Mark 8: 22-26: “They came to Bethsaida. Some people brought a blind man to him and begged him to touch him. He took the blind man by the hand and led him out of the village; and when he had put saliva on his eyes and laid his hands on him, he asked him, ‘Can you see anything?’ And the man looked up and said, ‘I can see people, but they look like trees, walking.’ Then Jesus laid his hands on his eyes again; and he looked intently and his sight was restored, and he saw everything clearly. Then he sent him away to his home, saying, ‘Do not even go into the village.’”
It seems strange to me that the healing of the blind man at Bethsaida happened in two stages. One would think that Jesus could have healed the man on the first try. What was all this about? Was Jesus off his game? Was he having a bad day? Was ministry too taxing and he needed a vacation to rejuvenate, reenergize, and fully recharge his spiritual batteries?
In the Gospel of Mark, I believe it is best to see this strange encounter within a fuller context. It is all too easy to view it as an isolated incident.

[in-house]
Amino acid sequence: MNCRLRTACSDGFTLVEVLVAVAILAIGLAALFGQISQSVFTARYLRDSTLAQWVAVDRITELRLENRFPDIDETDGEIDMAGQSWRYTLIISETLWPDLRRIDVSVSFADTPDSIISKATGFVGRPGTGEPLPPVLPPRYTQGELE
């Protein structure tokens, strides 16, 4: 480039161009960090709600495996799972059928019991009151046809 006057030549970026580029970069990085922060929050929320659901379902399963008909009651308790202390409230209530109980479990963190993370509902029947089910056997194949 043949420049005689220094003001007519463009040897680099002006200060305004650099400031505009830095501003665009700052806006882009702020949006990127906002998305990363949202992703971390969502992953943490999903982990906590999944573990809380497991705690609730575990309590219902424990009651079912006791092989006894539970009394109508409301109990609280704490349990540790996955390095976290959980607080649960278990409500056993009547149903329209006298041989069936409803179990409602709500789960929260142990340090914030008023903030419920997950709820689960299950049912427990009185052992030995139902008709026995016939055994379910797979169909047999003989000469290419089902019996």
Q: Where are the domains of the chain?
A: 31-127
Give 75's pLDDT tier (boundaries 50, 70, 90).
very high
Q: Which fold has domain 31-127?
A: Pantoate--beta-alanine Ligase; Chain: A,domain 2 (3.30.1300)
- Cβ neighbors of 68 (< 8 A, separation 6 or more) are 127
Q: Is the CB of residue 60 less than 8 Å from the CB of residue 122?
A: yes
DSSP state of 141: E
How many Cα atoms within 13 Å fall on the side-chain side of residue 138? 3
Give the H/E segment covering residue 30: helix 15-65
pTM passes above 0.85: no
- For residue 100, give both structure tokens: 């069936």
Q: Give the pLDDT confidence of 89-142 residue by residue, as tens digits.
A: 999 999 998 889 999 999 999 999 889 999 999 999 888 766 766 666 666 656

What immediately follows this story is the confession of Peter. It is here that Peter appears to “get it.” He declares to Jesus, “You are the Messiah.”
The problem: Peter does not understand what kind of Messiah Jesus represents. This is like the blind man only beginning to see. It is the first step, but still not having full sight.
It will take more time and effort for Peter to do so. It will take the death and resurrection of Christ for him to do so.
What kind of Messiah is Jesus to us? Does he only serve our needs? Is he also the Messiah of other people, some of which we do not favor?
Like Peter, do we only have this Messiah half right?
If this is the case, what will it take for us to fully see?
Walter is pastor of Immanuel Lutheran Church and has served as parish pastor for 30 years.